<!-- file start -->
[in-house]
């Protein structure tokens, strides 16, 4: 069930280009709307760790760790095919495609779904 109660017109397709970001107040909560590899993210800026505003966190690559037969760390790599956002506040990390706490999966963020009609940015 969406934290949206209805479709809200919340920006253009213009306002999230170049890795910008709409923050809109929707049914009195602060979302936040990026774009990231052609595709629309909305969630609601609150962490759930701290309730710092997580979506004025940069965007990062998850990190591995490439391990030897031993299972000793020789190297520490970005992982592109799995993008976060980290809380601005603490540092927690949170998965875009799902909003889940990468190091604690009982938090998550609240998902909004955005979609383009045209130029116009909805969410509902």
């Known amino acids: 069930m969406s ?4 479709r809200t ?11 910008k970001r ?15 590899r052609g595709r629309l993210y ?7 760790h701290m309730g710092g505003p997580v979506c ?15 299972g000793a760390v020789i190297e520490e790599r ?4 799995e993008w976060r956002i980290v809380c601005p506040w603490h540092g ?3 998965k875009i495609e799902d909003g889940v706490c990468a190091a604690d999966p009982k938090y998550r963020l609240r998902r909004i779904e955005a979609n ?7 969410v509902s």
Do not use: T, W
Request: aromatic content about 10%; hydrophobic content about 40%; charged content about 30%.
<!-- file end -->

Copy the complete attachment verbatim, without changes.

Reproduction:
[in-house]
């Protein structure tokens, strides 16, 4: 069930280009709307760790760790095919495609779904 109660017109397709970001107040909560590899993210800026505003966190690559037969760390790599956002506040990390706490999966963020009609940015 969406934290949206209805479709809200919340920006253009213009306002999230170049890795910008709409923050809109929707049914009195602060979302936040990026774009990231052609595709629309909305969630609601609150962490759930701290309730710092997580979506004025940069965007990062998850990190591995490439391990030897031993299972000793020789190297520490970005992982592109799995993008976060980290809380601005603490540092927690949170998965875009799902909003889940990468190091604690009982938090998550609240998902909004955005979609383009045209130029116009909805969410509902």
């Known amino acids: 069930m969406s ?4 479709r809200t ?11 910008k970001r ?15 590899r052609g595709r629309l993210y ?7 760790h701290m309730g710092g505003p997580v979506c ?15 299972g000793a760390v020789i190297e520490e790599r ?4 799995e993008w976060r956002i980290v809380c601005p506040w603490h540092g ?3 998965k875009i495609e799902d909003g889940v706490c990468a190091a604690d999966p009982k938090y998550r963020l609240r998902r909004i779904e955005a979609n ?7 969410v509902s």
Do not use: T, W
Request: aromatic content about 10%; hydrophobic content about 40%; charged content about 30%.